Is there space for pandemic pets in the office?

By Georgie Procter

The past two years of lockdown living have seen a number of trends appear, following an increased amount of time spent at home. Personally, I’ve indulged in most lockdown phenomena – baking numerous loaves of failed sourdough, trying to keep up with Joe Wicks, and becoming the proud owner of Robin, my nine-year old Podenco Canario.

Robin, a senior pooch who spent previous years hunting rabbits, now lives a laid-back life in southwest London and spends most hours of the day by my side.

One of the main factors for deciding to adopt a dog, like most owners of lockdown pets, was the increased amount of time spent at home. The Pet Food Manufacturers’ Association calculated that about 3.2 million households have become new owners of dogs since the first lockdown in March 2020. Following an incredibly tough two years, I feel I speak for all 3.2 million households when I say that Robin has been a much-valued addition to my life.

But, as we come to the end of lockdown living and ‘Freedom Day’ looms, I wonder how our canine friends will fit into our professional lives. The return to the office will be crucial for many and, as reported by The Office of National Statistics, 85% of working adults currently home working want to shift to a hybrid approach – a balance of both home and office working.

As a young professional, I am eager to embrace a hybrid way of working. So far, I’ve been lucky enough to have Robin both in the office and at home during this year of work-life limbo. But now that we are formally set to return, is the future office prepared for a canine invasion?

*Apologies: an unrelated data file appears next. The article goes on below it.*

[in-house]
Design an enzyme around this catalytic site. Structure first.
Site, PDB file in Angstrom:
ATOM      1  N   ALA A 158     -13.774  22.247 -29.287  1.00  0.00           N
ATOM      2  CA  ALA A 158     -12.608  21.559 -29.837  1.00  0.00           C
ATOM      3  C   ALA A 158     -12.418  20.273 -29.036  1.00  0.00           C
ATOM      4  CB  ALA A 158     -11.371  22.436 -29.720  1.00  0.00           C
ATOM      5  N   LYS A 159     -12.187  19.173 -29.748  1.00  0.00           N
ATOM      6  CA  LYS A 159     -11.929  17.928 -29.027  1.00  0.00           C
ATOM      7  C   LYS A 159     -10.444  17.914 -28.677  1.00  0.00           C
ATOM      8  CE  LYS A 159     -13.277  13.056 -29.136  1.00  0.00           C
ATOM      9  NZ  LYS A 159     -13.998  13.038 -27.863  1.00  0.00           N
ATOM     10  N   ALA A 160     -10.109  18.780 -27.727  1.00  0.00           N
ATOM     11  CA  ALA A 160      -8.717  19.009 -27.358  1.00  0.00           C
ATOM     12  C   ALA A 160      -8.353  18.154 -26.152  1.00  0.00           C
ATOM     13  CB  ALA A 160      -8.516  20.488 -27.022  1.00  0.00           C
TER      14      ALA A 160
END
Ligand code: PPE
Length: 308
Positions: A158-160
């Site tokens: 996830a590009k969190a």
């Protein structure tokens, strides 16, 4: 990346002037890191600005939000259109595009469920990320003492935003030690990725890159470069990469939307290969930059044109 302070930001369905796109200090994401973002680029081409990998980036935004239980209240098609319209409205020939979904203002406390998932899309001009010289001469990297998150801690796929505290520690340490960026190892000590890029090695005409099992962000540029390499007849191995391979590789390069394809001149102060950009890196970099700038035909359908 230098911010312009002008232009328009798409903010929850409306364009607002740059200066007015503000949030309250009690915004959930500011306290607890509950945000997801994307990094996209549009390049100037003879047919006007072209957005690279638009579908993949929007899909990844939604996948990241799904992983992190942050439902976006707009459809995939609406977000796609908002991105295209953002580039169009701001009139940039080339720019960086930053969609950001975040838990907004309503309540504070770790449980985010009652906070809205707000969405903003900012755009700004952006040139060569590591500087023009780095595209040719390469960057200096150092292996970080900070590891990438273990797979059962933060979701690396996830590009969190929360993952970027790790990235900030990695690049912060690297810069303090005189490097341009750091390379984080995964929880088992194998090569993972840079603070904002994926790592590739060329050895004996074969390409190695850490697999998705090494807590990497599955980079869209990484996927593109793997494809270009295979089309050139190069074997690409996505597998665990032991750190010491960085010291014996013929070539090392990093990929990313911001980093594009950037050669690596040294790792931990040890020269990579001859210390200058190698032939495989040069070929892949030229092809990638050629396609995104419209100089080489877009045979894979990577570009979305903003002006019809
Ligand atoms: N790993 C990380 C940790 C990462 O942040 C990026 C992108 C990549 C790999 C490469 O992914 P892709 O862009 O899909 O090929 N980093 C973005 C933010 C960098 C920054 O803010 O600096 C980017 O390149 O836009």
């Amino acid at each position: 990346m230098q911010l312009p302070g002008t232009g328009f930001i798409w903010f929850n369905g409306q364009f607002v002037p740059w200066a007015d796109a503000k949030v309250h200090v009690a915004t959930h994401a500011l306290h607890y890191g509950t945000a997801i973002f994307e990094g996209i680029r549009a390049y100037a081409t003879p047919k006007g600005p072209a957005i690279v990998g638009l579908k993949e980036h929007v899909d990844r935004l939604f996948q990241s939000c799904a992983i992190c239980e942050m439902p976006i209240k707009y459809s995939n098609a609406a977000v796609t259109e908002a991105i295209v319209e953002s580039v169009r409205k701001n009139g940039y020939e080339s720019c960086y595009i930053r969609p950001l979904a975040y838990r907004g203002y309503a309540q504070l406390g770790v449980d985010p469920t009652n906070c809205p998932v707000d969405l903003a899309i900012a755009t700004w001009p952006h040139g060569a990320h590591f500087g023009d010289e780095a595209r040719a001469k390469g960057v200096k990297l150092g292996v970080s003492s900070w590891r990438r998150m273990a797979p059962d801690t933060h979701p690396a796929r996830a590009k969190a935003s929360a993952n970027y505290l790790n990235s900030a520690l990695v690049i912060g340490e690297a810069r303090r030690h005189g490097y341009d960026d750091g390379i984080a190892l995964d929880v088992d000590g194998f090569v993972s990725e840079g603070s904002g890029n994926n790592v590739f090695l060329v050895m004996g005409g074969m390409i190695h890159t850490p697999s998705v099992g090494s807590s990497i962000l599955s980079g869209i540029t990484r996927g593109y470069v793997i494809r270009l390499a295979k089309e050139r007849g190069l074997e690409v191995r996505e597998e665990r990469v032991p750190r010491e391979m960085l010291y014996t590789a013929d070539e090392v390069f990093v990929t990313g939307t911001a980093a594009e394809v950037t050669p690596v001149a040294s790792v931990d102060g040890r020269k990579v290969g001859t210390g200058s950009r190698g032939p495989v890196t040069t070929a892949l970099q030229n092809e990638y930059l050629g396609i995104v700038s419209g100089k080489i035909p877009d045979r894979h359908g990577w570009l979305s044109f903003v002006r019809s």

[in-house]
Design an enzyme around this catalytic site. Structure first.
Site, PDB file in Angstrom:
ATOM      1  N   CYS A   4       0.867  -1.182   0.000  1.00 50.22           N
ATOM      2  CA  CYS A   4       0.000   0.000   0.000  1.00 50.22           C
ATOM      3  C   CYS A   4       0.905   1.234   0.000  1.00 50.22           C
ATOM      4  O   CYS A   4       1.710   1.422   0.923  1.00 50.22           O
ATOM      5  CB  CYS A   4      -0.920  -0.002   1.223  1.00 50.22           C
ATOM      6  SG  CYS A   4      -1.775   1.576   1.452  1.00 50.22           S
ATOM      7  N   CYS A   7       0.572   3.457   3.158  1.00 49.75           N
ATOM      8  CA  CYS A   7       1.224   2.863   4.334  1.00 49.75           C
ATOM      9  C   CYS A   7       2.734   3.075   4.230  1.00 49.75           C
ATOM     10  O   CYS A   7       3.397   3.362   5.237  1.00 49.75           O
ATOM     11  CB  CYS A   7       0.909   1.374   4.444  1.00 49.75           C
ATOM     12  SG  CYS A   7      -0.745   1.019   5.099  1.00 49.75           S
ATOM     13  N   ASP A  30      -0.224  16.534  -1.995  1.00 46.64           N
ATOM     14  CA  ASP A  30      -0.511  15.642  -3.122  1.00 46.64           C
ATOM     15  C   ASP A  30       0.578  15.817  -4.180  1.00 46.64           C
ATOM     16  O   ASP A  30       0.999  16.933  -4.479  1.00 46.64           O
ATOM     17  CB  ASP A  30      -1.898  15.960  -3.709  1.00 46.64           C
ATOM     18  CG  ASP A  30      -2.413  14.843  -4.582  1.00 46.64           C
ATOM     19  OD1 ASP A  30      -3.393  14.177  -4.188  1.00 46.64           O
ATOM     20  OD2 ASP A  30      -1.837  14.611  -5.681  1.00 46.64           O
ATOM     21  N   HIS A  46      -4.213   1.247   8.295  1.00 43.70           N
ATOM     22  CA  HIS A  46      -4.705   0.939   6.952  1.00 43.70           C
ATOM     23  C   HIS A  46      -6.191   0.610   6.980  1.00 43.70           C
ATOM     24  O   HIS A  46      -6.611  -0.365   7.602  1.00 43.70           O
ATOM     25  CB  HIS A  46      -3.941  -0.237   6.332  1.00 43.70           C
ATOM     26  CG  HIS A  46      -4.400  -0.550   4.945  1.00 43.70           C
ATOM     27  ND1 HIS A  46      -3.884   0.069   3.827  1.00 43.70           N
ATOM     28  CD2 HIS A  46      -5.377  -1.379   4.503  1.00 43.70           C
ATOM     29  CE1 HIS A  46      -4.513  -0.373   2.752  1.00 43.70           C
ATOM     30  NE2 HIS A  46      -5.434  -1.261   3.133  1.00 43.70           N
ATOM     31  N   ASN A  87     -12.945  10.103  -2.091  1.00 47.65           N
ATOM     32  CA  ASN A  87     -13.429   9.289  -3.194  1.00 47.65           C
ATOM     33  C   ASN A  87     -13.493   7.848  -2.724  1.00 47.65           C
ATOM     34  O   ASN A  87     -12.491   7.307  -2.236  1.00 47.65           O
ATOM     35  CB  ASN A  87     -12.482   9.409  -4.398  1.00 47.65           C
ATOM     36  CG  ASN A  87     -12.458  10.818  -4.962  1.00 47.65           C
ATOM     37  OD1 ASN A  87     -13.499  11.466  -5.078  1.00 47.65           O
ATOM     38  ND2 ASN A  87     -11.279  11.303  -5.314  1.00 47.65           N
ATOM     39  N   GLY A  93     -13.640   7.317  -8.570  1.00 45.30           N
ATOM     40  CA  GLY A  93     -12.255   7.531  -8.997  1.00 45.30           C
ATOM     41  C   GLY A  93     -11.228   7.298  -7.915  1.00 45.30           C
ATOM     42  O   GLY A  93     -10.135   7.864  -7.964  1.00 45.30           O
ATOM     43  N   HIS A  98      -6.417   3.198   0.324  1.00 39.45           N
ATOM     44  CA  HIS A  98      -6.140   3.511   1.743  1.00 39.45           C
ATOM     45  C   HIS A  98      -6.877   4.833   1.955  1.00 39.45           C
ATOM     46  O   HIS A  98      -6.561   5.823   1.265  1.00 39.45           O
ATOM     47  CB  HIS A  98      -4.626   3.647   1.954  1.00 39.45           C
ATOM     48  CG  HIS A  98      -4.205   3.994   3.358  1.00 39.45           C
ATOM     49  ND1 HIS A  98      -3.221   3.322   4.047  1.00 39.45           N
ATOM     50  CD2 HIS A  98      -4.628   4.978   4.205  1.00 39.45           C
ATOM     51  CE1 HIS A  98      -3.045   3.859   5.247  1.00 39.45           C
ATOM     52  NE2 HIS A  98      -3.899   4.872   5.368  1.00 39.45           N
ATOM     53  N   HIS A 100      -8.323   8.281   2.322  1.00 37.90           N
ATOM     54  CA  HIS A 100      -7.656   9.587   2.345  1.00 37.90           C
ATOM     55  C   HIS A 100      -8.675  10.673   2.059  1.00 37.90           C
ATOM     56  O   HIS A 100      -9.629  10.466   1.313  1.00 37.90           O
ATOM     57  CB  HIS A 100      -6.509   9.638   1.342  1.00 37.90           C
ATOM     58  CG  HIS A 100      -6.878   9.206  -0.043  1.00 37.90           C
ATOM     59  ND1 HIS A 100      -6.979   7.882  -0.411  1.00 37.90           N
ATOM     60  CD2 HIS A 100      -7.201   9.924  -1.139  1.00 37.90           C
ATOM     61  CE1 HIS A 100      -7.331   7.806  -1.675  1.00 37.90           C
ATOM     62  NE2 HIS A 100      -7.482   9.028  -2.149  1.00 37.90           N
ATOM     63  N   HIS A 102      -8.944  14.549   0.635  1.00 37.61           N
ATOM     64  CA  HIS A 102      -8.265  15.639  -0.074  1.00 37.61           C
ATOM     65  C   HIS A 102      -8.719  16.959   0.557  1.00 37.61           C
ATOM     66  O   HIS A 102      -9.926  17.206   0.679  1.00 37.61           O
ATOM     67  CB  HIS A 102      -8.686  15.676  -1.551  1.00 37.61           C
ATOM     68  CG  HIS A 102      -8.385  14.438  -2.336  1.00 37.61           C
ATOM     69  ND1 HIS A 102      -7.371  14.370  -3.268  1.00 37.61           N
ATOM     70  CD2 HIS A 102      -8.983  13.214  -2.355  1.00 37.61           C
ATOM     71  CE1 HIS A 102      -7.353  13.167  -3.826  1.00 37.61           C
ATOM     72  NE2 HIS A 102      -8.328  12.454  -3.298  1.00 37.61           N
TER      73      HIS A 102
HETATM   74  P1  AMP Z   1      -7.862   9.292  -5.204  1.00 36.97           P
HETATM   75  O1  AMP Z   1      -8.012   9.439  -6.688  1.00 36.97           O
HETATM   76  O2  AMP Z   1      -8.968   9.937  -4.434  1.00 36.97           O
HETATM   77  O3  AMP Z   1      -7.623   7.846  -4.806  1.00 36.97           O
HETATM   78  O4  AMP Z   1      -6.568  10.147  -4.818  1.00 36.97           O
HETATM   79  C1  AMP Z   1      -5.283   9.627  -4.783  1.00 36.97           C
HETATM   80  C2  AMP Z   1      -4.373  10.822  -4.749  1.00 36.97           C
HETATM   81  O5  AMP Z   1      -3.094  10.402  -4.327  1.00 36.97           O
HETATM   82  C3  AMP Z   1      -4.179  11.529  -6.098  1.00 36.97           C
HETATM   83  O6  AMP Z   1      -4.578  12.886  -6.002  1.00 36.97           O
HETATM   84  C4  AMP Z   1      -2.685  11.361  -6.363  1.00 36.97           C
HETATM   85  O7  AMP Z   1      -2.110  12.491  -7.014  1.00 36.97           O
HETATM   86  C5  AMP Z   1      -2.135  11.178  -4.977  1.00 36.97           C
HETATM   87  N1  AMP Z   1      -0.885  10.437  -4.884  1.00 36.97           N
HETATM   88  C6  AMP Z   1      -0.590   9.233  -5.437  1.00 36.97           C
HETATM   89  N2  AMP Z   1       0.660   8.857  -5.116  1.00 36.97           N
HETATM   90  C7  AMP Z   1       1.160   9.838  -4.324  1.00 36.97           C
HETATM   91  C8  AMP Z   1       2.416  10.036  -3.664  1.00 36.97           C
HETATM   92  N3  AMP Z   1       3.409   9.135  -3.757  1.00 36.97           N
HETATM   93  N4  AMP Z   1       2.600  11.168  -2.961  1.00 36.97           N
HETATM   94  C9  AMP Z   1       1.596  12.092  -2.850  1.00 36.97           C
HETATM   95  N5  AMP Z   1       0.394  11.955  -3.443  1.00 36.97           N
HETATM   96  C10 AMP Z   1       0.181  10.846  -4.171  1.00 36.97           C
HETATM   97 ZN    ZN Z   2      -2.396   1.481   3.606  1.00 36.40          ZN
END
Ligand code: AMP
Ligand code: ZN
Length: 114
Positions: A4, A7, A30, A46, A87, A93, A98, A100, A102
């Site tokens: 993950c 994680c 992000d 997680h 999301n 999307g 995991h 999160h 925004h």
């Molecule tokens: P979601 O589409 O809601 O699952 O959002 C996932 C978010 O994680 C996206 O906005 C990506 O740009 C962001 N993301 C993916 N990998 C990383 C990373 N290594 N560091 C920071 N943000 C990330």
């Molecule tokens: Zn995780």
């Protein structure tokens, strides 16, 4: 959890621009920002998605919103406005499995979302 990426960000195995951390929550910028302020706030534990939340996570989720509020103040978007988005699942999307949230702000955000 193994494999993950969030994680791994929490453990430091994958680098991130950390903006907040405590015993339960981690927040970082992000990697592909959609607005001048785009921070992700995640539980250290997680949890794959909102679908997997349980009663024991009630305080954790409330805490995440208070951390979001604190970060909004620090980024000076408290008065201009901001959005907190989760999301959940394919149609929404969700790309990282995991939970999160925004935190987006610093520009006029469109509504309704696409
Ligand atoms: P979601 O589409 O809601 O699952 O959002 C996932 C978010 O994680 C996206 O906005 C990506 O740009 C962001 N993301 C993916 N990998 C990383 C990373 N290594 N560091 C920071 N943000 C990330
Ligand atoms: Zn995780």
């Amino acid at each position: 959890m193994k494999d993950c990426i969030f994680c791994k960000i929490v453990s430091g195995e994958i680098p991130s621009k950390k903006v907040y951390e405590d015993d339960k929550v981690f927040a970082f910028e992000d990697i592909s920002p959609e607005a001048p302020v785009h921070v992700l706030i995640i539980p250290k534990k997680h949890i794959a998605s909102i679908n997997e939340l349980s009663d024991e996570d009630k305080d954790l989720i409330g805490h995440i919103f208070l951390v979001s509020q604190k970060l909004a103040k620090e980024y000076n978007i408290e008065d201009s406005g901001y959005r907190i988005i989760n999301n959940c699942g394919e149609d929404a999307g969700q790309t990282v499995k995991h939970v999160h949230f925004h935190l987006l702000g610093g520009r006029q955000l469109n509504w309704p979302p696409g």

Pets have had the luxury of continuous love and care for the past two years. So, it is no surprise that a survey of 3,000 pet owners found that a fifth worried about their pets having separation anxiety now that lockdown has ended. Our lifestyle priorities have shifted and, for many, this has meant an increased focus on the welfare of our furry friends. This change in attitude will need to be kept in mind by employers as they embark on new models of working. The reality is that office life will not be the same as it was, pre-Covid.

According to a survey by of 1,003 workers, 42% of respondents plan to bring their dog to the office. Clearly, companies need to start looking for ways of catering for both employees and their pets in the workplace. Some household names – Google, Amazon and Ben & Jerry’s – have been promoting pet-friendly corporate spaces for a while. In the near future, pet-friendly offices could become a key way for employers to attract and retain good workers.

It was recently reported by The Times that the pet food firm, Bella & Duke, is creating exercise areas for dogs at its new 929 sq m headquarters in Rosyth, Fife. Exercise areas may be a stretch for some companies, but as we incorporate flexibility into our work culture, certain decisions need to be made on how best to cater to staff. A shift in perspective on the importance of our four-legged friends and normalising employee commitments could pave the way for a modern way of working.